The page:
In our last issue, Town & Village asked readers if thoughts of crime in this city affect their daily routines. We also asked, “Do you avoid certain streets or going out at certain times?”
Here are a few responses:
Martha Wolberg says, “I’ve lived in this neighborhood for 40 years. I have never felt safer. When I moved here, it was quite dangerous. Now, I can come home at 2 or 3 in the morning and there is no problem. I live on 14th Street between Second and First Avenues. All the bars in the neighborhood make it very safe – there are always people hanging out late at night.”
Kay Vota says, “It is always wise to be cautious. Once I was being followed in subway facility and I led guy straight to a cop! Once I was followed on the streets of NYC and I ducked into a building with a doorman and told him I was being followed. Once I started out of my garage back door and a giant man was on the steps and I slammed the door, called Public Safety and an officer arrived in a matter of minutes. I do not answer phone calls that I do not recognize the number. A lot of seniors live in our community and we are harassed by spoofing (an official phone number that is faked by some techie device) pretending to be the IRS with threats about being arrested if we don’t call right back. Stuy Town Public Safety when under William McClellan offered a course to tenants, teaching ways of protecting oneself when attacked. The same people taught us that taught Public Safety officers. I thought it was very valuable. Finally, if someone comes to your door claiming to be some kind of inspector, do not open your door. Tell them you will call public safety to escort them in to your home. Also, if you have home aids, be sure to have a closet key to lock valuables so there will be no temptation for anyone to steal what is too easily accessible. Better safe than sorry! And another thing, always trust but verify.”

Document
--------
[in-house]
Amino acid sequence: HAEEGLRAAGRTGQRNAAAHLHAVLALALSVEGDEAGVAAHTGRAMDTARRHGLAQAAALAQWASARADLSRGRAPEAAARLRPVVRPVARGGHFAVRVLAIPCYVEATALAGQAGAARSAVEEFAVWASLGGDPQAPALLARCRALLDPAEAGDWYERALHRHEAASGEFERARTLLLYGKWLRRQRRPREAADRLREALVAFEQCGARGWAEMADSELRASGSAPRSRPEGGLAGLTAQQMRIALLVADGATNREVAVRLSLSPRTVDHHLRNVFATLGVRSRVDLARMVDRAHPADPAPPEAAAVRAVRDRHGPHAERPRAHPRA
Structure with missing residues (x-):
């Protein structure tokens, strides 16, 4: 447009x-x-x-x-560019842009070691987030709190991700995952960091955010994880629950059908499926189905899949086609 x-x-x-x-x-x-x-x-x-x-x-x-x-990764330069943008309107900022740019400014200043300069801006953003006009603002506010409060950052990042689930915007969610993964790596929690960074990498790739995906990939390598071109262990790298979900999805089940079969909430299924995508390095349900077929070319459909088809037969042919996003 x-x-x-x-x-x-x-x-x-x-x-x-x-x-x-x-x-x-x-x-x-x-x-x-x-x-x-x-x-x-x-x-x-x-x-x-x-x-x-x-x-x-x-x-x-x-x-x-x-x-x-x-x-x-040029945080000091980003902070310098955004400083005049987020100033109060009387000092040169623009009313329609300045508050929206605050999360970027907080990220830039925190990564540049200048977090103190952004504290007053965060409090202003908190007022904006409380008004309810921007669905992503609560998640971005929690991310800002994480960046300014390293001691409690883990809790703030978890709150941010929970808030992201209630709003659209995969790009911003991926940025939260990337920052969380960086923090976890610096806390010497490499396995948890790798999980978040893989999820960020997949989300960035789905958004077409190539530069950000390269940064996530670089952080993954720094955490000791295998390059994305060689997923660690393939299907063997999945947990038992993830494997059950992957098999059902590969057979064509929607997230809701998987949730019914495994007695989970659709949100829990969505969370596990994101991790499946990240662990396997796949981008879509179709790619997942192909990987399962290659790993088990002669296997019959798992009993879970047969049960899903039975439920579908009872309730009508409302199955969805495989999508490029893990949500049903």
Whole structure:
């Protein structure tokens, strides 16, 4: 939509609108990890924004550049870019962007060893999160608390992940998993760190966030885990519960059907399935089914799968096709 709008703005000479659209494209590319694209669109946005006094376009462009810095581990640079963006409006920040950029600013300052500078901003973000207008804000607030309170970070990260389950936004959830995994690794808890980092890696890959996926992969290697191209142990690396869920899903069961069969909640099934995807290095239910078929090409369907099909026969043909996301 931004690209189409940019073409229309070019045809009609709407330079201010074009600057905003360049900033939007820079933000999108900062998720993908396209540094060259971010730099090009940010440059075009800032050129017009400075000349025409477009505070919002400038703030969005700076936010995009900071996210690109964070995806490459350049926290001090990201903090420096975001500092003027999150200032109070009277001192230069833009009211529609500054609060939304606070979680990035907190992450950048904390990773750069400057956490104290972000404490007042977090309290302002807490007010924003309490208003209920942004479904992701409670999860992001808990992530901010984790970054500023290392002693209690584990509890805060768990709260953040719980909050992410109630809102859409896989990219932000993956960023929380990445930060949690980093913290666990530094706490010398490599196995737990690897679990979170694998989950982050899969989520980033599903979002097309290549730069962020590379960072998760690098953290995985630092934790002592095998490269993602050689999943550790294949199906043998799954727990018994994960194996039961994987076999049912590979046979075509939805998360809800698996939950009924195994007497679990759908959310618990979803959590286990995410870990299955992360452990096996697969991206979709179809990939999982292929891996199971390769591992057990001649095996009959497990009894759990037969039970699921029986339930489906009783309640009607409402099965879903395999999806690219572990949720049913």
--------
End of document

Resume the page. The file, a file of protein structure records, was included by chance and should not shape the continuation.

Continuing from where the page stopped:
Question for our readers this week: Is the city too easy on construction infractions like lack of permits and higher than allowable noise levels? We welcome readers’ insight at firstname.lastname@example.org or in comments on this post. Please specify if you would like to remain anonymous.
Do thoughts of crime in this city affect your daily routine? Do you avoid certain streets or going out at certain times? Town & Village welcomes reader responses at email@example.com or on this post. Please specify if you want to be kept anonymous.
In our last issue, Town & Village asked readers for their thoughts on what sensible actions can be taken by straphangers who witness acts of violence. Our question came on the heels of police releasing portions of a video showing a man threatening a fellow straphanger with a knife after he tried to intervene when seeing the other man hit his toddler. (The suspect, seen on the E train in Greenwich Village, has since been arrested.)
Read on for reader responses:
Eric Juhola said, “I think the best thing we can do is take out our phones and film the situation. On the one hand, it might inspire the perpetrator to behave reminding him or her that they are being watched. On the other hand, you will be providing authorities with evidence that can be used to apprehend the perpetrator and used in court against the person.
“Stepping in and getting involved might be right for some people, but it’s also dangerous. You just don’t know if the perpetrator has a weapon and there are far too many stories of knife slashings on subways for no apparent reason. I will admit, there is also risk in filming as that can be seen as an act of aggression, but I think it’s better than doing nothing and most times we have to take a little risk outside our comfort zones to stand up and do what’s right.”
Many homeless people choose to stay away from shelters, instead opting to spend the night in places like bank vestibules or, in better weather, on park benches. Loitering in bank ATM areas and being in parks after hours are arrestable offenses.
Our questions for readers on this issue are: Is seeing a homeless person doing either of these things enough to prompt you to call the police? Additionally, is the presence of a homeless person in the aforementioned places enough to make you avoid doing business at a bank or enjoying a park?
The question of the week is just how old should someone look for a younger person to give up his or her seat on the bus or subway? Town & Village welcomes reader opinions on this question after hearing an M23 rider, when being offered a seat by another passenger, remark to his companion who boarded with him and took a nearby empty seat, “I guess we’re old.”
This question (possibly the first in a series), explores whether it’s worse to offer — and potentially upset someone who doesn’t want to be seen as old — or not offer a seat to someone who looks like they may need it out of concern it may hurt the individual’s feelings. The same goes for individuals who may (or may not be) pregnant.
We would like to publish readers’ thoughts, with anonymity provided upon request. Email firstname.lastname@example.org.